Bonnie-Sue: A Marine Corps Helicopter Squadron in Vietnam


Bonnie-Sue begins as a timeless classic, a story of men in combat. Yet, the book soars far above the mud of war. The author blends detail, emotion, and grim realism. Day by day, without profanity, he breathes life into a desperate struggle for survival. Against the backdrop of the turbulent 1960s, Bonnie-Sue evolves into a saga of commitment and sacrifice, love and brotherhood.
Read More Show Less
... See more details below
Available through our Marketplace sellers and in stores.

Pick Up In Store Near You

Reserve and pick up in 60 minutes at your local store

Other sellers (Paperback)
  • All (3) from $15.00   
  • New (1) from $0.00   
  • Used (2) from $15.00   
Sort by
Page 1 of 1
Showing All
Note: Marketplace items are not eligible for any coupons and promotions
Seller since 2005

Feedback rating:



New — never opened or used in original packaging.

Like New — packaging may have been opened. A "Like New" item is suitable to give as a gift.

Very Good — may have minor signs of wear on packaging but item works perfectly and has no damage.

Good — item is in good condition but packaging may have signs of shelf wear/aging or torn packaging. All specific defects should be noted in the Comments section associated with each item.

Acceptable — item is in working order but may show signs of wear such as scratches or torn packaging. All specific defects should be noted in the Comments section associated with each item.

Used — An item that has been opened and may show signs of wear. All specific defects should be noted in the Comments section associated with each item.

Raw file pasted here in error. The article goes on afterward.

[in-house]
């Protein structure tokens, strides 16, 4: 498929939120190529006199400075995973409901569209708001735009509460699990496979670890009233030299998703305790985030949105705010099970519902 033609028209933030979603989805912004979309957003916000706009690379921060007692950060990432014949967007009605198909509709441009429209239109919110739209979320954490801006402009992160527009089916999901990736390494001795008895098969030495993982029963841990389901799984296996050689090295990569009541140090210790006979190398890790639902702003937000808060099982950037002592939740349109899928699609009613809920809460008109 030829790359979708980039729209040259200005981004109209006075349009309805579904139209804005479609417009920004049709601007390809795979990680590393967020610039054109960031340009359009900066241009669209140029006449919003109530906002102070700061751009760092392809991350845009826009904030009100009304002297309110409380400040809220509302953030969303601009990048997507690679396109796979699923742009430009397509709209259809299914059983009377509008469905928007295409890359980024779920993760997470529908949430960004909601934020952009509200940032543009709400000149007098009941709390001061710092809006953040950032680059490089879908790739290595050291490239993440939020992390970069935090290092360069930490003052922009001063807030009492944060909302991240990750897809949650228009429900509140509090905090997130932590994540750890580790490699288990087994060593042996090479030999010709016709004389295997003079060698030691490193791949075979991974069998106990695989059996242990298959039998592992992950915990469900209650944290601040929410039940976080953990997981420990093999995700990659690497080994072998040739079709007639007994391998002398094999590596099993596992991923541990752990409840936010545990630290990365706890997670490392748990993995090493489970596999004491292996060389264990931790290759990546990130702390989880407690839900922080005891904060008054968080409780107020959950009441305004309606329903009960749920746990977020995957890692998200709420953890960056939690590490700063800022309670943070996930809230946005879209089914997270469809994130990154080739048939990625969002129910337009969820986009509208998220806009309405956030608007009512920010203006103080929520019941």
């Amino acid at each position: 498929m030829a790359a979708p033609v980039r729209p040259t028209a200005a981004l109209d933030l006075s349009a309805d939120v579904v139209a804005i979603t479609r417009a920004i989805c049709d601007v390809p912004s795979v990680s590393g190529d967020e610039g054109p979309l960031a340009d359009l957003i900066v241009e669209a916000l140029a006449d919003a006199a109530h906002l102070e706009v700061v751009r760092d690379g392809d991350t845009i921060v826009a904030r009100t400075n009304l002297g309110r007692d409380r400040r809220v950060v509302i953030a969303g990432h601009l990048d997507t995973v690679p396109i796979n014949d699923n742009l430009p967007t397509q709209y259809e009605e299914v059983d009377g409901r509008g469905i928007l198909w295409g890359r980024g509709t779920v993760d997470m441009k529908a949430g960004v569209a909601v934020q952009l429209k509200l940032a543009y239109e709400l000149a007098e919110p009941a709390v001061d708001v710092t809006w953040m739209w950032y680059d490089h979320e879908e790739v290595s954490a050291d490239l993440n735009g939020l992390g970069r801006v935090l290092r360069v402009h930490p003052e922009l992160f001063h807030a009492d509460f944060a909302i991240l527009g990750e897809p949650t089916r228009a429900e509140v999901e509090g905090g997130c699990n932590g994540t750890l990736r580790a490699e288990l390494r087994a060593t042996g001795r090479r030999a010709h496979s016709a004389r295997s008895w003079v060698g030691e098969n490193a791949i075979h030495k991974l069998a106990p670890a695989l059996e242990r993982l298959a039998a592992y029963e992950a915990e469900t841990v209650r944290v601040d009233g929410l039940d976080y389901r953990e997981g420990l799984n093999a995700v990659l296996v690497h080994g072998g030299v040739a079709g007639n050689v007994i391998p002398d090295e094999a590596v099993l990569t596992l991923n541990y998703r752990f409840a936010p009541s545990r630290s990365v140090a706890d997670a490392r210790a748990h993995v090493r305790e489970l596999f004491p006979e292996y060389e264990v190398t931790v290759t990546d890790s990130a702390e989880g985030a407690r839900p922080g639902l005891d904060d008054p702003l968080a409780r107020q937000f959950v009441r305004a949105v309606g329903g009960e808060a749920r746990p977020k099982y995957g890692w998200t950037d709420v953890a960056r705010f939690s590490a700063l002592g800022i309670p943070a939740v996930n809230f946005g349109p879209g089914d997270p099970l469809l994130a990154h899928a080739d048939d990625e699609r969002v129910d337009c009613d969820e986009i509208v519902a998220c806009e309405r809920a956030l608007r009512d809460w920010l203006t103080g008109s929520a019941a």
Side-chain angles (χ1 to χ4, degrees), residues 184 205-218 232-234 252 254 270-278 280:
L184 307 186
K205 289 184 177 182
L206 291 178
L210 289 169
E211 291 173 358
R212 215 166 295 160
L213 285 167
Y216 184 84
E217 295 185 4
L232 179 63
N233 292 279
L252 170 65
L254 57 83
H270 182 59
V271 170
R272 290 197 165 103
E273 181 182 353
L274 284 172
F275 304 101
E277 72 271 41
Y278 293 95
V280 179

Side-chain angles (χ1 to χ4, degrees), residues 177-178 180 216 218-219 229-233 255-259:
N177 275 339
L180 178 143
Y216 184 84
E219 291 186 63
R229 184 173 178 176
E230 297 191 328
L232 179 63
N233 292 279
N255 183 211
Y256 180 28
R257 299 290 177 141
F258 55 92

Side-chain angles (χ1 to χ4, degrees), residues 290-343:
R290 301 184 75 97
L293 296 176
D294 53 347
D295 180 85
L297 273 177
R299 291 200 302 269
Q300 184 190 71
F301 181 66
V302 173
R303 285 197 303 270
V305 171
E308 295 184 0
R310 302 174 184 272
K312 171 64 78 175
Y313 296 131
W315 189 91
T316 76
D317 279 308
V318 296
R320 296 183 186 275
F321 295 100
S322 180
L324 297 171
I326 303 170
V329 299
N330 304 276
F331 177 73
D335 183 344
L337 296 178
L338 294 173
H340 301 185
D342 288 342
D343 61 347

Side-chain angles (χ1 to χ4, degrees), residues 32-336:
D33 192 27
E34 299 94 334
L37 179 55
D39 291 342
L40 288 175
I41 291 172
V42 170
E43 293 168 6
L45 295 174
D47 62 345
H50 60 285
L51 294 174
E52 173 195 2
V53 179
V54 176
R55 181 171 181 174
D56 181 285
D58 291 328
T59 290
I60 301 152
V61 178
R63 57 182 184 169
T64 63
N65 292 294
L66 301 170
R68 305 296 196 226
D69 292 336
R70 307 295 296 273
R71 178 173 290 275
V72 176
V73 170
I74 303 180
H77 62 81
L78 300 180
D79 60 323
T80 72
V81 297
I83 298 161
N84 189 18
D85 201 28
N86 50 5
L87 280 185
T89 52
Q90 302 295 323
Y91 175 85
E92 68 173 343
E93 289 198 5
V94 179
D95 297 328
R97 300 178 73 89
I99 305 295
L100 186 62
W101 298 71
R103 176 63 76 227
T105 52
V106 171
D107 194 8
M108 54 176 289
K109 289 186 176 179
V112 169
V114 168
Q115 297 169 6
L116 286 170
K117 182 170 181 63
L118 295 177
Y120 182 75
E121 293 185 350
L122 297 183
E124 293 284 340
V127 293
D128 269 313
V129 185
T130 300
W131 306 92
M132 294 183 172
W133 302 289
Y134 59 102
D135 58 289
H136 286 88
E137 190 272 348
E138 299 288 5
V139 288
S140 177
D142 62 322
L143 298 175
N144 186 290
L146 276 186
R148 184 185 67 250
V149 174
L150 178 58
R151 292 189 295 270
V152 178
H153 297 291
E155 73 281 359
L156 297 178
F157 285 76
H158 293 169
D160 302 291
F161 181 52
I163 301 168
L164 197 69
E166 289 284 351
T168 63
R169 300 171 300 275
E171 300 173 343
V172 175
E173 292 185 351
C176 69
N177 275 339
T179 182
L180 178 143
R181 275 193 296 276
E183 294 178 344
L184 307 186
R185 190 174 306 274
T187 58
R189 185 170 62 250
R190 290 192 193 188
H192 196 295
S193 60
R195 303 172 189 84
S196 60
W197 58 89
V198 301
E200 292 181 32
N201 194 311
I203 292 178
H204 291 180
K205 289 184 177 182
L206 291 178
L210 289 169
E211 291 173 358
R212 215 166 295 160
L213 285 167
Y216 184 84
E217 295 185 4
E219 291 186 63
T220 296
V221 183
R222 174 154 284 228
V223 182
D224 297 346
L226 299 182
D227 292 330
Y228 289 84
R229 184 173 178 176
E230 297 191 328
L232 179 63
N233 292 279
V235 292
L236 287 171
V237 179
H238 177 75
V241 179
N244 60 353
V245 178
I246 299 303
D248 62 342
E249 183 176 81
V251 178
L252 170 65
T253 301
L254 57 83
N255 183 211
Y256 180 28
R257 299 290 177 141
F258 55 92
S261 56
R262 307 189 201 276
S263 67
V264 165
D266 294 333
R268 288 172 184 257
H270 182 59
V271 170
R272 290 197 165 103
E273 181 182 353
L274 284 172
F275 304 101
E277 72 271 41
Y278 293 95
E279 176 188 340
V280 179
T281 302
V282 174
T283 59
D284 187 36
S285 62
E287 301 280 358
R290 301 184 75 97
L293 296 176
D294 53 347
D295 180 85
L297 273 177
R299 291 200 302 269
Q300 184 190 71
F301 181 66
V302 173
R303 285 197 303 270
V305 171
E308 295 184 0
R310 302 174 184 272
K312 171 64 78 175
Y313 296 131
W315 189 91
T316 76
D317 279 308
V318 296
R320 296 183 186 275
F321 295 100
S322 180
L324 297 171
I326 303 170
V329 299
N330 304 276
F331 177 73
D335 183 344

Refurbished — A used item that has been renewed or updated and verified to be in proper working condition. Not necessarily completed by the original manufacturer.

Very Good
1999 Soft Cover Fine- 8vo-over 7?"-9?" tall. First published in 1996, this is the third printing from 1999 510 pages, illustrated. "Step through this unique looking-glass into ... the volatile crucible of combat in Vietnam. Day by day, the author breathes life into this eloquent saga of Marines at war." FINE-SOFTCOVER. Read more Show Less


Usually ships in 1-2 business days

  • Canadian
  • International
  • Standard, 48 States
  • Standard (AK, HI)
  • Express, 48 States
  • Express (AK, HI)
Seller since 2014

Feedback rating:


Condition: Good
Buy with Confidence. Excellent Customer Support. We ship from multiple US locations. No CD, DVD or Access Code Included.

Ships from: Fort Mill, SC

Usually ships in 1-2 business days

  • Standard, 48 States
Page 1 of 1
Showing All
Sort by
Sending request ...


Bonnie-Sue begins as a timeless classic, a story of men in combat. Yet, the book soars far above the mud of war. The author blends detail, emotion, and grim realism. Day by day, without profanity, he breathes life into a desperate struggle for survival. Against the backdrop of the turbulent 1960s, Bonnie-Sue evolves into a saga of commitment and sacrifice, love and brotherhood.
Read More Show Less

Editorial Reviews

Leatherneck Magazine
To date, there is no better book about the Marine helicopter war in Vietnam. It rises above the mud of war and takes the reader on a ride that is not only terrifying, but an inspiring mission with professional and courageous men.
Marine Corps Aviation Association
This is our story, told some twenty to thirty years later, but as chilling and touching to us who were there as if it took place yesterday. Who are we? We are every Marine Corps helicopter crewman who flew in Vietnam.
Vietnam Helicopter Pilots Association
There is no crying or remorse, only a factual, hard hitting, and truthful approach to reality. The detailed history of the Marine helicopter pilots has never been written in such a hard, cold-steel, factual way as this great book reveals.
Read More Show Less

Product Details

  • ISBN-13: 9780965081429
  • Publisher: Heritage Press International
  • Publication date: 3/28/1997
  • Pages: 510